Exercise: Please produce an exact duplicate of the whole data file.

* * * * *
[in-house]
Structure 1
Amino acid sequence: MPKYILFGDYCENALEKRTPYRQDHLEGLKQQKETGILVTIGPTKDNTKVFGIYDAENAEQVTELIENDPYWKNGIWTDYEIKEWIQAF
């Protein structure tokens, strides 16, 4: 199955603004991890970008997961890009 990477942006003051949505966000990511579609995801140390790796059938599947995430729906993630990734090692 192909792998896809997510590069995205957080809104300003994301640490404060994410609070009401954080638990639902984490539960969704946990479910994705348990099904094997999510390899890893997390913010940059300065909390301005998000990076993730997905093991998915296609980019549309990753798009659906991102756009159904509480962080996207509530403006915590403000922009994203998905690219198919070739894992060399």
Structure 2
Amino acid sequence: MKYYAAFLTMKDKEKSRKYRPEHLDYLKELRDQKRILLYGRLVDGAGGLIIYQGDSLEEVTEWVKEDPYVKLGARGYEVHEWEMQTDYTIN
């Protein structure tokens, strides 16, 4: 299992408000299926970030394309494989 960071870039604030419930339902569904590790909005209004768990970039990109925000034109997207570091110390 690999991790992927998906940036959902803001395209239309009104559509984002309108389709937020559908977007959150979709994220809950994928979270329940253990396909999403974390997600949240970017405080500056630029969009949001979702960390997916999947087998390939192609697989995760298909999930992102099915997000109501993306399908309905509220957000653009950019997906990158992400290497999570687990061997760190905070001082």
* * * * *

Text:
[in-house]
Structure 1
Amino acid sequence: MPKYILFGDYCENALEKRTPYRQDHLEGLKQQKETGILVTIGPTKDNTKVFGIYDAENAEQVTELIENDPYWKNGIWTDYEIKEWIQAF
């Protein structure tokens, strides 16, 4: 199955603004991890970008997961890009 990477942006003051949505966000990511579609995801140390790796059938599947995430729906993630990734090692 192909792998896809997510590069995205957080809104300003994301640490404060994410609070009401954080638990639902984490539960969704946990479910994705348990099904094997999510390899890893997390913010940059300065909390301005998000990076993730997905093991998915296609980019549309990753798009659906991102756009159904509480962080996207509530403006915590403000922009994203998905690219198919070739894992060399």
Structure 2
Amino acid sequence: MKYYAAFLTMKDKEKSRKYRPEHLDYLKELRDQKRILLYGRLVDGAGGLIIYQGDSLEEVTEWVKEDPYVKLGARGYEVHEWEMQTDYTIN
């Protein structure tokens, strides 16, 4: 299992408000299926970030394309494989 960071870039604030419930339902569904590790909005209004768990970039990109925000034109997207570091110390 690999991790992927998906940036959902803001395209239309009104559509984002309108389709937020559908977007959150979709994220809950994928979270329940253990396909999403974390997600949240970017405080500056630029969009949001979702960390997916999947087998390939192609697989995760298909999930992102099915997000109501993306399908309905509220957000653009950019997906990158992400290497999570687990061997760190905070001082």